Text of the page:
The reasons these things are linked for me is that health care costs cause personal economic disaster for anyone who has major health problems in their family. A reasonable income ceases to be that and the costs of health care put the family into irretrievable levels of debt, while the health problem itself may cascade into more expensive problems due to lack of available treatment for its consequences. Recently, even the bankruptcy laws have been gutted so when the end of the line is reached, there is no relief and no surcease from debt beyond the average working person's ability to pay -- and insurance costs that skyrocket beyond what the individual can pay.

Yet at the same time, companies the scale of Exxon get all sorts of privileges when it comes to taxes. The majority of the wealth in this country winds up in the hands of the top 1% and that distorts everything -- and they get the biggest tax breaks. I read an interesting article in the science section on Yahoo where some sociologists measured communities by a Robin Hood index -- the proportion between the richest members and the poorest in the community. A high RH index leads to poor services and major civic problems all down the line. Too many people wind up unable to gain the necessities of life -- and those do include health care, crime rises because desperate people do desperate things and the quality of life goes down even for the fortunate few.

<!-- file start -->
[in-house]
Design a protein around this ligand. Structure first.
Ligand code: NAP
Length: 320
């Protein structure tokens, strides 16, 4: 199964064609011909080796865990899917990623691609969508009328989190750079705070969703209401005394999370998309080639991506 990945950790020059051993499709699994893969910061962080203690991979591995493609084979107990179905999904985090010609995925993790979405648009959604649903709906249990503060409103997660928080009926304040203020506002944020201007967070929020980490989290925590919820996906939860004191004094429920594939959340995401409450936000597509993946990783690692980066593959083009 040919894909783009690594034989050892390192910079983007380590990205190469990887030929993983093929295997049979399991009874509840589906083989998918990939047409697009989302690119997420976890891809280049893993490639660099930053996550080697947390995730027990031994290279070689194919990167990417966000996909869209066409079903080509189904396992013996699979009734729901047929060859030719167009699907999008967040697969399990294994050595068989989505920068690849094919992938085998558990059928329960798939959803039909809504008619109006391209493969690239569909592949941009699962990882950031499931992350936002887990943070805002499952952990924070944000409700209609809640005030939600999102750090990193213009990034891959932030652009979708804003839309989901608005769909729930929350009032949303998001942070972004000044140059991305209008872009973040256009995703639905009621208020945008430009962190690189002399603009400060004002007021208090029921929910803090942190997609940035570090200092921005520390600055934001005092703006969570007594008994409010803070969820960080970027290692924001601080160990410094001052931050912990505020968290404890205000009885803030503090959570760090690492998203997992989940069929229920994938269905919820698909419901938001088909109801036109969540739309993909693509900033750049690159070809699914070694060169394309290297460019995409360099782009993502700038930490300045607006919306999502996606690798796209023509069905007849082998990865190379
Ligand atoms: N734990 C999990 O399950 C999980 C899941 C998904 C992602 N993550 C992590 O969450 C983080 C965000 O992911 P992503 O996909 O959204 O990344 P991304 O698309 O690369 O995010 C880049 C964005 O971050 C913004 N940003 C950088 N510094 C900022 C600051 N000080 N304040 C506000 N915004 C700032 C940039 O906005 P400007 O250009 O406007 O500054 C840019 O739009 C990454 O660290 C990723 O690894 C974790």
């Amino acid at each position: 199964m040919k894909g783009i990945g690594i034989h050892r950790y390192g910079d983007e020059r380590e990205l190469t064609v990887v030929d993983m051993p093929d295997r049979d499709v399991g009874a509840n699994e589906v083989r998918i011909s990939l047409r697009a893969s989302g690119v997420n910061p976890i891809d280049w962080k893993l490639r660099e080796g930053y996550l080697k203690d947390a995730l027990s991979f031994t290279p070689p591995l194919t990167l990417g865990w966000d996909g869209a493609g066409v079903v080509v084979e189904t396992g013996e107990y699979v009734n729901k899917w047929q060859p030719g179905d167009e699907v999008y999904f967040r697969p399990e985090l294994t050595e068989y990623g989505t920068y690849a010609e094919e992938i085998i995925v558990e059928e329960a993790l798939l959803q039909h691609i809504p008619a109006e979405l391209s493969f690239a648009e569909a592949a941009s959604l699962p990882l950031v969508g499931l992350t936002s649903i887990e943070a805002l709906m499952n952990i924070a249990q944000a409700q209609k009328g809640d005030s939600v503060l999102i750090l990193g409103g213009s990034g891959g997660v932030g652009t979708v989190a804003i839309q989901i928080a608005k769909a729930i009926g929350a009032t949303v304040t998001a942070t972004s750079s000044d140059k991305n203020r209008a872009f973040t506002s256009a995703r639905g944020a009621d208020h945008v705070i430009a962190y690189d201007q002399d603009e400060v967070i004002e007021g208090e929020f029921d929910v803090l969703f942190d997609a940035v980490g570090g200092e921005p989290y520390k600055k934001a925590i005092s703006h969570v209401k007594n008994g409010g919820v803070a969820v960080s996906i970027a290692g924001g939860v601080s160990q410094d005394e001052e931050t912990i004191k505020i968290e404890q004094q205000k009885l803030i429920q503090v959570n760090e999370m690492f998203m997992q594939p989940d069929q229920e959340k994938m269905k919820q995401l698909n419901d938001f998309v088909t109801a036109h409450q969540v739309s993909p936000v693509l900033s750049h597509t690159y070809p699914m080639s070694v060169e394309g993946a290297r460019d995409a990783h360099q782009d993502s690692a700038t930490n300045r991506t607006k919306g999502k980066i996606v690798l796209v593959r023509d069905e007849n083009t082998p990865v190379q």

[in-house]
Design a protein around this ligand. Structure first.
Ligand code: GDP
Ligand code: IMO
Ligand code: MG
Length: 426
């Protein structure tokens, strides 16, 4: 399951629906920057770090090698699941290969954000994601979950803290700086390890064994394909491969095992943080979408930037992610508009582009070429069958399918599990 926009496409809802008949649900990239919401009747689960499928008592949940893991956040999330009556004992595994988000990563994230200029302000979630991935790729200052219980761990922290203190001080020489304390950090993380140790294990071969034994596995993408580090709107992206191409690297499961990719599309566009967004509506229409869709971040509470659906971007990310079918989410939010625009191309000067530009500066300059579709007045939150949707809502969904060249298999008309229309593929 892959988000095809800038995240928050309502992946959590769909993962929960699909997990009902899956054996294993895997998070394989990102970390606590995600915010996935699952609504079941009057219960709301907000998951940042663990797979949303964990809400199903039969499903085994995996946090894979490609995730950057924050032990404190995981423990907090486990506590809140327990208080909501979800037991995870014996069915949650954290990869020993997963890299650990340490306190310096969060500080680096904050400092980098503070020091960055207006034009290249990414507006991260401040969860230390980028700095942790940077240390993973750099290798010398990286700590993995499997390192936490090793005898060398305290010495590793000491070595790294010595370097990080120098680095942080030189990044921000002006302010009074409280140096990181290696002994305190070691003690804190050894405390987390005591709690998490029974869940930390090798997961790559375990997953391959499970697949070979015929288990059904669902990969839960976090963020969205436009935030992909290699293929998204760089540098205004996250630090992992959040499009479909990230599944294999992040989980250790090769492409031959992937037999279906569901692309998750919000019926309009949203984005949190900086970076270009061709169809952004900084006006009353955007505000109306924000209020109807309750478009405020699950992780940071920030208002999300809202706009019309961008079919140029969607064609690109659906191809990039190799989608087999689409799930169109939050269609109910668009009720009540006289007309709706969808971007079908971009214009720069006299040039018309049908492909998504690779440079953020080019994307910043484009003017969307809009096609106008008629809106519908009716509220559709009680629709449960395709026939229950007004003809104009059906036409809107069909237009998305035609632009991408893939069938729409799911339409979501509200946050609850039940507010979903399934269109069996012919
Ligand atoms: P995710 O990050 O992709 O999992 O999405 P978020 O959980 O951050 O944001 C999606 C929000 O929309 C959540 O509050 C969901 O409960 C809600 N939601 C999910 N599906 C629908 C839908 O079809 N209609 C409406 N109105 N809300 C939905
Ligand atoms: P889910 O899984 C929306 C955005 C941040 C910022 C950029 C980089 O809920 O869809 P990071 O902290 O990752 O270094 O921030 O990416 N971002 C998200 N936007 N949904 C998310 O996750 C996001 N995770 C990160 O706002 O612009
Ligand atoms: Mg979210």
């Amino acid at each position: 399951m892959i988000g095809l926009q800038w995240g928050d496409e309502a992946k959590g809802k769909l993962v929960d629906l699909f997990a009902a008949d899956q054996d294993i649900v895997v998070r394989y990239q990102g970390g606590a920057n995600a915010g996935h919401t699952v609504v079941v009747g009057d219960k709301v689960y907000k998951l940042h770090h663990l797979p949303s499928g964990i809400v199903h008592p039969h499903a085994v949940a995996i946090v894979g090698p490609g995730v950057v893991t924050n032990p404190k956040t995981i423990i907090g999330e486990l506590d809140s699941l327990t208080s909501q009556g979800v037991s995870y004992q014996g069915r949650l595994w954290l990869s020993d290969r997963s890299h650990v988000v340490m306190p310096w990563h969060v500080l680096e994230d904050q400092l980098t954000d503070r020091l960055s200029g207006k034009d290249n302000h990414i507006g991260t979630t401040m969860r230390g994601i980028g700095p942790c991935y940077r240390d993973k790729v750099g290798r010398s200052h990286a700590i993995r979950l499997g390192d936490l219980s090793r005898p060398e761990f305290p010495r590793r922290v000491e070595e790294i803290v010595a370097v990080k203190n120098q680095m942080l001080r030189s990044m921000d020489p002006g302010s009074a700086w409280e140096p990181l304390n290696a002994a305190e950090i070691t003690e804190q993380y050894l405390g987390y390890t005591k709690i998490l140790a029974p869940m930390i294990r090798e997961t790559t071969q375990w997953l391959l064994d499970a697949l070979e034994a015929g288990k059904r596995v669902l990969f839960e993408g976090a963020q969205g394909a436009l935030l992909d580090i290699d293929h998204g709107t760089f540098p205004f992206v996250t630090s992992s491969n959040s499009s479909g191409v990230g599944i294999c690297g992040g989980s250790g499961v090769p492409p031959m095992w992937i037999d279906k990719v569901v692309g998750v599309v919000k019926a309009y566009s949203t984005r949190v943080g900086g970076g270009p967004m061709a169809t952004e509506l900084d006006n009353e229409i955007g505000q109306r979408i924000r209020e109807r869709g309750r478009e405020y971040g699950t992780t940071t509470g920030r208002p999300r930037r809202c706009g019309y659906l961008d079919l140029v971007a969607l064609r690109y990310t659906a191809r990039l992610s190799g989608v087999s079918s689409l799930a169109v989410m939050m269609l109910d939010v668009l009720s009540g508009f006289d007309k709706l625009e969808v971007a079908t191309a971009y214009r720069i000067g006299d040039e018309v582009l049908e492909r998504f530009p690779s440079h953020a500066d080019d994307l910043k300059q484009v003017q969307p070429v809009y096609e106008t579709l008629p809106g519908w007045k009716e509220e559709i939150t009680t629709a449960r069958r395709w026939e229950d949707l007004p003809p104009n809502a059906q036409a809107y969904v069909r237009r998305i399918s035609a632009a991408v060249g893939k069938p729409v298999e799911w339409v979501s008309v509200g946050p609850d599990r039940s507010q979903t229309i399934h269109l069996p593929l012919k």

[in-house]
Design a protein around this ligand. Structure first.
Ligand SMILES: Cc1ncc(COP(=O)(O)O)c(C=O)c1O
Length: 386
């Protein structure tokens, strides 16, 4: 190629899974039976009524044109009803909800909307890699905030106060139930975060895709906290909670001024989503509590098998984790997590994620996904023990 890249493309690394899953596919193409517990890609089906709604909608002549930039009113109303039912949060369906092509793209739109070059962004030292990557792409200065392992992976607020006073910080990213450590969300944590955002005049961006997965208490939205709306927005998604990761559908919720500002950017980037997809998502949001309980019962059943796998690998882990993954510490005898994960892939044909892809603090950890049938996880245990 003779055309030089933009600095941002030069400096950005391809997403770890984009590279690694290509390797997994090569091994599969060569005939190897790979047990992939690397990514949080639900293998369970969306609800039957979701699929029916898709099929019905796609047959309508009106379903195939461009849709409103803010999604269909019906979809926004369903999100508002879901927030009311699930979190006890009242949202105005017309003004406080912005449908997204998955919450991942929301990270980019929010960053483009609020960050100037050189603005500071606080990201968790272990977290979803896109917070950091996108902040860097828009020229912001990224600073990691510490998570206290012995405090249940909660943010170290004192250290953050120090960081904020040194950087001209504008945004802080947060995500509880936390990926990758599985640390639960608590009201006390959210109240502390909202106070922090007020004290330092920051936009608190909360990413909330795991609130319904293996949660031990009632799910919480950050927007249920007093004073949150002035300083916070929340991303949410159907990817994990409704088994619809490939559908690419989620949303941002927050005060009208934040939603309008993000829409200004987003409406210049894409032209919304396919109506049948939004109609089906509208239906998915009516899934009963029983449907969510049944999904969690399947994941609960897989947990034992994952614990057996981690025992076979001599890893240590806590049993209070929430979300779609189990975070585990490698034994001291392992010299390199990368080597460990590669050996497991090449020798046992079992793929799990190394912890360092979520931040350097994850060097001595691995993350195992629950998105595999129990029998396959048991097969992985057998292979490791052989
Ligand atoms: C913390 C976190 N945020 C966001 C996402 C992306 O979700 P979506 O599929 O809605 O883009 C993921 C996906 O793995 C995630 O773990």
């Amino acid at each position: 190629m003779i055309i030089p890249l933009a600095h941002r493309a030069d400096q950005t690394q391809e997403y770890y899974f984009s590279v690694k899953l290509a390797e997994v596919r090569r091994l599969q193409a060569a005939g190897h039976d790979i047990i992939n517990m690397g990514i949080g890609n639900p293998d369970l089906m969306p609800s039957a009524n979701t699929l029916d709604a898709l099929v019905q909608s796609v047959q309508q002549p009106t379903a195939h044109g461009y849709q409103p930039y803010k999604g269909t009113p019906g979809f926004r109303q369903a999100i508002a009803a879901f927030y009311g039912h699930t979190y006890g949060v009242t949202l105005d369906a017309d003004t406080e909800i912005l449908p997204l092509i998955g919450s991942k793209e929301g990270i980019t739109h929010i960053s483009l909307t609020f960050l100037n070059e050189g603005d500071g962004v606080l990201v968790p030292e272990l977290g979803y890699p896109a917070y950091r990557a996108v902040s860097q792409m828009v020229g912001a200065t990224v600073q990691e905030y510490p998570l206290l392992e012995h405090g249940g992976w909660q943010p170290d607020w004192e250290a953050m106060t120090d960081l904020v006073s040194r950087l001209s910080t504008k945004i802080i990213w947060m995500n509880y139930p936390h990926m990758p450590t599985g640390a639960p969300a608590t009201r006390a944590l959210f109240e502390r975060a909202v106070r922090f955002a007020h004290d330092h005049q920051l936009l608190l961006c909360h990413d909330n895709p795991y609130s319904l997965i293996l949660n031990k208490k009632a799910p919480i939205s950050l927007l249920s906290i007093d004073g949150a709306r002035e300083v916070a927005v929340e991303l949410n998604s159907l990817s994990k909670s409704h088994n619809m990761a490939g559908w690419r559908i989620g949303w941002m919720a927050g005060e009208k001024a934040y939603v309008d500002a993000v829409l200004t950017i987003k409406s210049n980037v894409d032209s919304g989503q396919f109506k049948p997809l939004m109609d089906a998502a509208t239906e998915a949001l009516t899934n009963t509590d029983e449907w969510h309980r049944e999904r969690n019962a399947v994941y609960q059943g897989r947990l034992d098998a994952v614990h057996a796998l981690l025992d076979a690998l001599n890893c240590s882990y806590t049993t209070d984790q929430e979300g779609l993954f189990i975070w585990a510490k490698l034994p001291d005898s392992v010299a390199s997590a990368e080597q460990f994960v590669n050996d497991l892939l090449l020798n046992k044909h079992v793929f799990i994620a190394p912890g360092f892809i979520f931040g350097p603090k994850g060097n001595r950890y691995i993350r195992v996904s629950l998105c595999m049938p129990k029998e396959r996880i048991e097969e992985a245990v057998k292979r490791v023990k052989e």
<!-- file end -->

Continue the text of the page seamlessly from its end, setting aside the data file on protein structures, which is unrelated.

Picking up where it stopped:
Do something about it. Pressure for having a decent national health care service.
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Comments

( 4 comments — Leave a comment )
(Deleted comment)
robertsloan2
Sep. 23rd, 2008 06:31 pm (UTC)
Oh purr, thanks! Much appreciated!
nerwengreen
Sep. 23rd, 2008 08:10 pm (UTC)
I've been inclined to think of the question from a different angle. That is, why do we bother to have public hospital emergency rooms?

Because the way it's been working out in practice, public ERs are our universal health care system. And we all know how broken it is as one. We can surely come up with something better than that.
robertsloan2
Sep. 23rd, 2008 08:22 pm (UTC)
We ought to come up with something better than that, so the heart attacks and broken limbs and car accidents and shootings can still get ER treatment. That's all there is in so many places. And not all hospitals do it either.
( 4 comments — Leave a comment )